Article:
BASIC ENGLISH PHONETICS José A. Alcalde
Why? The study of phonetics is important for these reasons: English pronunciation and spelling are very different (since they became apart in the 17 th century) ● We can pronounce new words without external help ● Advanced students must know some basic concepts of phonetics ●
Phonetics is the study of human speech. Phonetics includes the study of how sounds are physically produced (by positioning the mouth, lips and tongue), and how sounds are perceived by a listener.
Varieties Obviously there is not a unique way to pronounce or speak English (nor any other language). Pronunciation will depend on the variety of English or dialect, its geographical location, influences from other languages, social status, etc. It is commonly considered that RP (Received Pronunciation) is the most accepted and standard pronunciation of British English. It had much more prestige in the past than now and was connected to mass media, high class, education, etc. When teaching and learning English we must look for the most standard variety.
Phonetics The English alphabet has 26 letters but the possibilities of pronunciation are much higher (actually 44!!) We use the IPA (International Phonetic Alphabet) symbols. Some may look strange at first but with a bit of practice it is easy as pie. We use / / or [ ] to indicate the phonetic representation.
Vowels We have 5 vowels but 12 different pronunciation possibilities in Br. E (British English) and 10 in Am. E (American English). English vowels can be short or long (: )
Vowels /ɪ/ as in sit, very, pretty, ladies, village. . . /iː/ as in meet, be, knead, field, seize, key, police. . . /e/ as in bed, head, many. . . /3: / as in bird, her, heard, turn, word. . . /æ/ as in hand, fail. . . (not in Am. E) /ʌ/ as in sun, son, country, does, flood. . . /ɑː/ as in pass, heart, clerk, half, farm, aunt. . . /ɒ/ as in pot, was, cough, Austria. . . (not in Am. E) /ɔː/ as in horse, cause, door, bought. . . /ʊ/ as in put, wolf, could, tool. . . /uː/ as in too, move, group, rude, grew, blue, shoe. . . /ə/ this is the most frequent pronunciation of any unstressed vowel in English as in:
Diphthongs There are 7 or 8 diphthongs in English depending on the classification we follow: /eɪ/ as in bay, hey, fate, jail, veil, convey, great. . . /аɪ/ as in buy, high, sky, height, pie, dye. . . /aʊ/ as in mouth, how, brown. . . /ɔɪ/ as in boy /ɪə/ as in here, deer, dear, pierce, weird, idea, Ian, museum, theory. . . /eə/ as in spare, chair, tear, there. . . /əʊ/ as in home, road, Joe, slow. . . /ʊə/ as in poor, sure. . .
Semivowels or semiconsonants They are sounds that share some characteristics with vowels and others with consonants. There are 2 semivowels in English. They are: /w/ /j/ as in twelve, conquest, language. . . as in yes, uniform, Europe. . .
Consonants Most consonants are divided into voiced or unvoiced depending on the vibration of vocal cords. Voiced /b/ as in beach, web, subway. . . /d/ as in Dani, sad, add. . . /g/ as in girl, drag, clogged. . . /dʒ/ as in jam, gel, gin, joy, edge. . . /v/ as in vehicle, live. . . /ð/ as in this, father. . . /z/ as in zoo, rose. . . /ʒ/ as in vision, pleasure, beige. . .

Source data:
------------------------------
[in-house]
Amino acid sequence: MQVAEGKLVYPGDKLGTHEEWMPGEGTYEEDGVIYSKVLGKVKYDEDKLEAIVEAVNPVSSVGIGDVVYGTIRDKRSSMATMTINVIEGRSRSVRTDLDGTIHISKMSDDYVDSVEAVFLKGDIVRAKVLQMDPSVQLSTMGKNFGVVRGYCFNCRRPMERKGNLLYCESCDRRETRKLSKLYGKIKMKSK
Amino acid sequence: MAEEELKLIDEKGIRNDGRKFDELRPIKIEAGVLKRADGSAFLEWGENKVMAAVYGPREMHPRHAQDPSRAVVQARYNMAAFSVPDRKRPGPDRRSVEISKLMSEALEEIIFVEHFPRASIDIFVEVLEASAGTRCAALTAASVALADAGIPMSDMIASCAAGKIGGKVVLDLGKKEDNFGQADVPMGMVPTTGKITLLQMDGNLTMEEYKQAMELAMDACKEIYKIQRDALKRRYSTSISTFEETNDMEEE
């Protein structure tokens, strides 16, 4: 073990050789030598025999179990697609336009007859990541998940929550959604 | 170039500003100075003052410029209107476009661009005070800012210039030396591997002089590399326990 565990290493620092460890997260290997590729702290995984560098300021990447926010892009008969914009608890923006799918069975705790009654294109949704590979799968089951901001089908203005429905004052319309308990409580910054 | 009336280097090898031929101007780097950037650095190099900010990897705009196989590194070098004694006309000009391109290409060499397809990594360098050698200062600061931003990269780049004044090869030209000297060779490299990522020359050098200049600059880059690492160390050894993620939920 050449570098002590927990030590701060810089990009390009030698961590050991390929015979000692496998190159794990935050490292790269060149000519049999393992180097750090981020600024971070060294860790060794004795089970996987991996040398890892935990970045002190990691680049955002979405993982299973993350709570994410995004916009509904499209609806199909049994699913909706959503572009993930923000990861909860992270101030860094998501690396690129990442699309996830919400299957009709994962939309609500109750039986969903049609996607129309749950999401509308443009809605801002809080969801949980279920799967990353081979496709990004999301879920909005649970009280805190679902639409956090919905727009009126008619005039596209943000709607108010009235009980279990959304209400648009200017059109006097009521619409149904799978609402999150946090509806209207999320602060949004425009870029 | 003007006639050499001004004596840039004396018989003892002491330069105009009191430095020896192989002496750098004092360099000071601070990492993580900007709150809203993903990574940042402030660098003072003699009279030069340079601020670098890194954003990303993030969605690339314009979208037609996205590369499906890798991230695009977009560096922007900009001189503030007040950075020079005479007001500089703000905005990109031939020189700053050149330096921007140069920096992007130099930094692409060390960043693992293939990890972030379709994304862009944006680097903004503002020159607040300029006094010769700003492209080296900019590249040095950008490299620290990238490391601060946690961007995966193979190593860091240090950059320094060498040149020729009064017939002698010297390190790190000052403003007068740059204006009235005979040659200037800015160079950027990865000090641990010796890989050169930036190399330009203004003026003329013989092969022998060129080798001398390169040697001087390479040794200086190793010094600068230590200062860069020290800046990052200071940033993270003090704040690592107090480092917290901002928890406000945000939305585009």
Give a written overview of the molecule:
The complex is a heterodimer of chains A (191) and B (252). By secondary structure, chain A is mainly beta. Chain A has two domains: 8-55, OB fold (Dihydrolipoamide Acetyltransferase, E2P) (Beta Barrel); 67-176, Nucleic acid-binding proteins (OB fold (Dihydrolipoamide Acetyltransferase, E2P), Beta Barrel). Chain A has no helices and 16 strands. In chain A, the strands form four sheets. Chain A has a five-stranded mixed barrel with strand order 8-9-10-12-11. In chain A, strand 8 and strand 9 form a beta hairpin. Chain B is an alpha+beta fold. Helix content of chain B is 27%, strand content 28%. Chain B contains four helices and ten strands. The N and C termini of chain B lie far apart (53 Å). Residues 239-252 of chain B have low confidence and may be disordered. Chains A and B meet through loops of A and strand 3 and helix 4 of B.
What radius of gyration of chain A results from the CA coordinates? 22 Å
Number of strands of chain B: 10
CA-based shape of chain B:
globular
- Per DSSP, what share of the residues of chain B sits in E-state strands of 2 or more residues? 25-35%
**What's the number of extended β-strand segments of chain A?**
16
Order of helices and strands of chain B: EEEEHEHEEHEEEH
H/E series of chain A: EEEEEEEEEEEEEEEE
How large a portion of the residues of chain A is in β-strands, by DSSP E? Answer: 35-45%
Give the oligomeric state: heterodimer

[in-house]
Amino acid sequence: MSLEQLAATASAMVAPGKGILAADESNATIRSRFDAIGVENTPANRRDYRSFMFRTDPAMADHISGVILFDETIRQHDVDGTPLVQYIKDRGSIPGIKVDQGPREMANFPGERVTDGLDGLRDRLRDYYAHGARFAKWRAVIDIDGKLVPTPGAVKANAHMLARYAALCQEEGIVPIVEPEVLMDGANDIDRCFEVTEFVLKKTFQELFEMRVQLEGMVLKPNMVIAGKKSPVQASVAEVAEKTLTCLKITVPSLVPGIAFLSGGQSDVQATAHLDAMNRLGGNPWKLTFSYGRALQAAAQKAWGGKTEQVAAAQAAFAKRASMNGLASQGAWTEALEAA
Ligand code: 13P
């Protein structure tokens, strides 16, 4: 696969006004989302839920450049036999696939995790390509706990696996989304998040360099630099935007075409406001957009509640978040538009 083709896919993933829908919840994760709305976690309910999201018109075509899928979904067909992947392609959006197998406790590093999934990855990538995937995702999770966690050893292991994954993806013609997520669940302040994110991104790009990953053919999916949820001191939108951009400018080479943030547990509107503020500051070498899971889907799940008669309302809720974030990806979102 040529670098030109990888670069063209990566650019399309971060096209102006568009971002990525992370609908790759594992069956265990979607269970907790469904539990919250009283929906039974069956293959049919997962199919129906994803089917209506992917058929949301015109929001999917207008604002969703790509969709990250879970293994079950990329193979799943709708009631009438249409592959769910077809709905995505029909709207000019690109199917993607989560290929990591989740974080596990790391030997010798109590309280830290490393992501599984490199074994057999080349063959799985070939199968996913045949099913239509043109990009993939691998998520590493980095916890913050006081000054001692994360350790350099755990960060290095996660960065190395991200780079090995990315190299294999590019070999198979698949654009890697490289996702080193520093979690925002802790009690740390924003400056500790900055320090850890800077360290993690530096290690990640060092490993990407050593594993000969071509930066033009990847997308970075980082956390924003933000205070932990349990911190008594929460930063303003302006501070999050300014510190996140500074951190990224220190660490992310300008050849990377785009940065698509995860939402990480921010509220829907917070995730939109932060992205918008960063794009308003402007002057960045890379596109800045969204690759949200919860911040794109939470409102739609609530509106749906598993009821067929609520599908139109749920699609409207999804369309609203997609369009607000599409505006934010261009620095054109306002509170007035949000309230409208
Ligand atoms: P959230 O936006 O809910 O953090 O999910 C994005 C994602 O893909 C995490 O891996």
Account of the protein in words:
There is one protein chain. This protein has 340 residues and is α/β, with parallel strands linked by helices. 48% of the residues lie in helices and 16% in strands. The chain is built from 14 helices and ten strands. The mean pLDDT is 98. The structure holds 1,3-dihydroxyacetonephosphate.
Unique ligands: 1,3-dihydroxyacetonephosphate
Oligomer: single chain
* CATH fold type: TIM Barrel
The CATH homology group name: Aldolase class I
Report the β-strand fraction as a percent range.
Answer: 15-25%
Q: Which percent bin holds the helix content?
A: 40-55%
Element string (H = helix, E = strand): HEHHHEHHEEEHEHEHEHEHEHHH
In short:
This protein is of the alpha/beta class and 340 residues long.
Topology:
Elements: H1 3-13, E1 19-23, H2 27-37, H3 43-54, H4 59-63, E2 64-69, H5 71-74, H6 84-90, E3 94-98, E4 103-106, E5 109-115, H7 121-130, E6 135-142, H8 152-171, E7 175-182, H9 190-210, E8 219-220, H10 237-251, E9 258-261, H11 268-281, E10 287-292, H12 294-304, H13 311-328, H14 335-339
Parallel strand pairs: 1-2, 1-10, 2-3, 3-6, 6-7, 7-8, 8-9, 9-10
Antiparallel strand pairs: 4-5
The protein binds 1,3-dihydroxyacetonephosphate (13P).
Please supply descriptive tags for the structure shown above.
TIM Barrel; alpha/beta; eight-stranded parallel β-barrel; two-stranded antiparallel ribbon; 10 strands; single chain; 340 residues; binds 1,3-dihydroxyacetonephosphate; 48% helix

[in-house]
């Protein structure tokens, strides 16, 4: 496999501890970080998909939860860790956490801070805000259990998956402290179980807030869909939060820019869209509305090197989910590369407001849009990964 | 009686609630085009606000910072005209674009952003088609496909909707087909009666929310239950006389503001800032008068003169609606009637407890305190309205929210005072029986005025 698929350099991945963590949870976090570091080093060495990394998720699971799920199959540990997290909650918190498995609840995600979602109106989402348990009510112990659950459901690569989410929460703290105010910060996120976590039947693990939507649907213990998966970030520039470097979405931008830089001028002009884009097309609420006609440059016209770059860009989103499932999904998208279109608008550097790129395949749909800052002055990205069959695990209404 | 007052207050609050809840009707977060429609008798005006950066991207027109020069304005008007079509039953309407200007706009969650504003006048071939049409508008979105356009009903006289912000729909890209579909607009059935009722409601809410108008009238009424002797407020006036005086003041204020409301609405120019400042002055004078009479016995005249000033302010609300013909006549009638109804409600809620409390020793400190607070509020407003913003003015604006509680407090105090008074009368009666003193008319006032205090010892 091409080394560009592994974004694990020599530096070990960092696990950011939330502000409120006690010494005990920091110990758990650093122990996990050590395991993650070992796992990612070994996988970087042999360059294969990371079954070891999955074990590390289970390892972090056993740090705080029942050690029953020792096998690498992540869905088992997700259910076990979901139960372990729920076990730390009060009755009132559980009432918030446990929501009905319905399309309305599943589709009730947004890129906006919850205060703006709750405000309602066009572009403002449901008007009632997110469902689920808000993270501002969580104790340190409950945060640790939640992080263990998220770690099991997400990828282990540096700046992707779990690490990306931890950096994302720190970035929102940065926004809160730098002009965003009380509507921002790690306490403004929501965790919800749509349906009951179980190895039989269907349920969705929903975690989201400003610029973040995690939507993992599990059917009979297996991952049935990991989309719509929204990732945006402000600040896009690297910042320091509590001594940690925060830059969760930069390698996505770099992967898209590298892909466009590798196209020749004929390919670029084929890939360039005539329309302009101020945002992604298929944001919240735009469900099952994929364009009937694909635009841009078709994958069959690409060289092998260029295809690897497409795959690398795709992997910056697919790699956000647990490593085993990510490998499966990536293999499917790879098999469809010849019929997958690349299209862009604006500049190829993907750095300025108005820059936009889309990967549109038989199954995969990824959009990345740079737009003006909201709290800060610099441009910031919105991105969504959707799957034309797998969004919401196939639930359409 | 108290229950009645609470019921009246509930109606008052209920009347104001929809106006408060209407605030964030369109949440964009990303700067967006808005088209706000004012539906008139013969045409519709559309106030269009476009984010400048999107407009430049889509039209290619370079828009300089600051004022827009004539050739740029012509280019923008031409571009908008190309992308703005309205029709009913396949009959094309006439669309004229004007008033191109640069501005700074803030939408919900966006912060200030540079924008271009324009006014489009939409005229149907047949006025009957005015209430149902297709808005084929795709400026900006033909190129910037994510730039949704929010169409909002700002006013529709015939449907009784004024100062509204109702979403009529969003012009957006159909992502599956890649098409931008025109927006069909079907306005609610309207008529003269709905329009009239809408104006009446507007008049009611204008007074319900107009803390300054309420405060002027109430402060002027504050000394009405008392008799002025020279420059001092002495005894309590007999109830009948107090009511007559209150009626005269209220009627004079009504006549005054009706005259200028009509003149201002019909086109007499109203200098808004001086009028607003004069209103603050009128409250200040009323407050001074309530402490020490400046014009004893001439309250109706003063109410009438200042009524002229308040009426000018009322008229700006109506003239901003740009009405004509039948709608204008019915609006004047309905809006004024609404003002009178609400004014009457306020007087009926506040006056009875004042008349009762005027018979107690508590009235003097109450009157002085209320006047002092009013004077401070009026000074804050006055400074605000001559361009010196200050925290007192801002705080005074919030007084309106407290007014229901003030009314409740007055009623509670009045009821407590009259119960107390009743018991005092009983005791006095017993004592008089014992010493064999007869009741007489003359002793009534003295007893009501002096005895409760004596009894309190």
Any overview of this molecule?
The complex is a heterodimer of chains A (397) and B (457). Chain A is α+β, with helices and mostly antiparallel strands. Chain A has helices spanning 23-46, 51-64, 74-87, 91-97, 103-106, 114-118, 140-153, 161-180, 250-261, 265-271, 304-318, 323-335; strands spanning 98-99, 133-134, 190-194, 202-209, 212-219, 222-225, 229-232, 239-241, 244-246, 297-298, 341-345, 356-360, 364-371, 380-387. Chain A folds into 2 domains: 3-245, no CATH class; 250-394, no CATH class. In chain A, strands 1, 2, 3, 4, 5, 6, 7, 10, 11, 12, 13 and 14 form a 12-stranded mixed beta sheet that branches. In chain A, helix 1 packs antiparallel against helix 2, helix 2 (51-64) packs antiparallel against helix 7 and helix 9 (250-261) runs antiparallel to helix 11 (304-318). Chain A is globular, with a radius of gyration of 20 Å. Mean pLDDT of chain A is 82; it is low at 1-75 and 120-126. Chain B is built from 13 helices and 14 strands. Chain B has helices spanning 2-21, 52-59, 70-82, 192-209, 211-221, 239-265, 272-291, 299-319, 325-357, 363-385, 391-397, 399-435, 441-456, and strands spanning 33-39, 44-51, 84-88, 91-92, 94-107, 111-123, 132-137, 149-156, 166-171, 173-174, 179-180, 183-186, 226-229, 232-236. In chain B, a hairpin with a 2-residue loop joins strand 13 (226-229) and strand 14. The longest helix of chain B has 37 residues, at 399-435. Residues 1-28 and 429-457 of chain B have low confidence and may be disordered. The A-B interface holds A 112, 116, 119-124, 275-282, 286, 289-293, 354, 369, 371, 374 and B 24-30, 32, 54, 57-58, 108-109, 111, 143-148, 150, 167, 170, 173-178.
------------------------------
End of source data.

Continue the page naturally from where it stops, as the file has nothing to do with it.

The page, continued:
Consonants Unvoiced /p/ as in potato, tap, clapping. . . /t/ as in tea, pet, setting. . . /k/ as in car, key, trekking, chicken, accurate, queen, thick, book, chaos. . . /f/ as in fast, phone, leaf, staff, enough. . . /s/ as in sell, city, pass. . . /θ/ as in thin, teeth. . . /ʃ/ as in she, sugar, nation, leash. . . /tʃ/ as in charity, nature, teach. . .
Consonants Finally there are other consonants to consider: /m/ as in man, Tom, trimmed. . . /n/ as in nose, sin, running. . . /ŋ/ as in ringer, sing, sink. . . /l/ as in late, tall, called. . . /h/ as in hit, ahead. . . /r/ as in rat, very, carrot. . .
Silent letters In English many times we find letters that are written but NOT pronounced. Here are some examples: A (logically), B (climb, plumber), C (muscle, scissors), D (Wednesday, handsome), E (like, name), G (high, sign), (hour, what), I (business), K (know, knife), L (could, wal M (mnemonic), N (autumn, hymn), O (colonel), P (psychology, receipt), R (especially in final position in Br. E S (island, isle), T (listen, castle), U (guard, guest), W (tw who)
Stress Inside a word not all syllables have the same stress. Actually, English has a stress-based rhythm so we can expect stress at fairly regular intervals. As a rule of thumb, English has a tendency for stress on first syllables (unlike French or Spanish). In words with three or more syllables we can find a primary stress (') as in chocolate > /ˈtʃɒk(ə)lɪt/ and a secondary stress (, ) as in agriculture /ˈæɡrɪˌkʌltʃə/.
Connected speech One thing is to pronounce words isolatedly (with all the perfection we can think of) and another is to do it in connected speech. Connected speech is the usual thing for most people and is full of fusion and assimilation because of neighbouring sounds. Besides some words may have a strong and a weak form depending on the importance we give them when speaking.
Main difficulties for Spanish speaker - Spanish vowels aren't short nor long - Spanish vowels aren't weakened so much as in English - Consonants are more intensely pronounced in English rather than in Spanish - Some consonant clusters are strange in Spanish (/pt/, /kt/. . . ) - Non-existent English sounds are replaced by similar Spanish ones (w>g, j>y. . . ) - Overaccentuation of non-important words - Spanish is syllable-timed and English stress-timed
BASIC ENGLISH PHONETICS